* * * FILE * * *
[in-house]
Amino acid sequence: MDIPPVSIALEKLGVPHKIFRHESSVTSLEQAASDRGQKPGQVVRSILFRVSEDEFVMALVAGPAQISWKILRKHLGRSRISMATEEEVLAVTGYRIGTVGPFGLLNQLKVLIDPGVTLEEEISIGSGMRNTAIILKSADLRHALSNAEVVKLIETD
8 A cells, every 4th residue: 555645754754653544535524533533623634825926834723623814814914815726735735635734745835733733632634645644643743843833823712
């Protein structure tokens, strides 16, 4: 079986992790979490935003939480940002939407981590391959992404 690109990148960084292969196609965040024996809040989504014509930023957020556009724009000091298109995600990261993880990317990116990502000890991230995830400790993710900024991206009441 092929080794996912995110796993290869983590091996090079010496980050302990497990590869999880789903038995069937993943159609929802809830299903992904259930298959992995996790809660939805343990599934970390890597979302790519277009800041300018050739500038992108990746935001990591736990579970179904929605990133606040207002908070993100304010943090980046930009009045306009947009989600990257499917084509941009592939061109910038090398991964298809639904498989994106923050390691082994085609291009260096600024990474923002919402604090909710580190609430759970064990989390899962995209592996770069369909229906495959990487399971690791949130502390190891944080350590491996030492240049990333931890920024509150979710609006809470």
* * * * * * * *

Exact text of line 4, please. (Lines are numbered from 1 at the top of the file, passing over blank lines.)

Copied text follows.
């Protein structure tokens, strides 16, 4: 079986992790979490935003939480940002939407981590391959992404 690109990148960084292969196609965040024996809040989504014509930023957020556009724009000091298109995600990261993880990317990116990502000890991230995830400790993710900024991206009441 092929080794996912995110796993290869983590091996090079010496980050302990497990590869999880789903038995069937993943159609929802809830299903992904259930298959992995996790809660939805343990599934970390890597979302790519277009800041300018050739500038992108990746935001990591736990579970179904929605990133606040207002908070993100304010943090980046930009009045306009947009989600990257499917084509941009592939061109910038090398991964298809639904498989994106923050390691082994085609291009260096600024990474923002919402604090909710580190609430759970064990989390899962995209592996770069369909229906495959990487399971690791949130502390190891944080350590491996030492240049990333931890920024509150979710609006809470």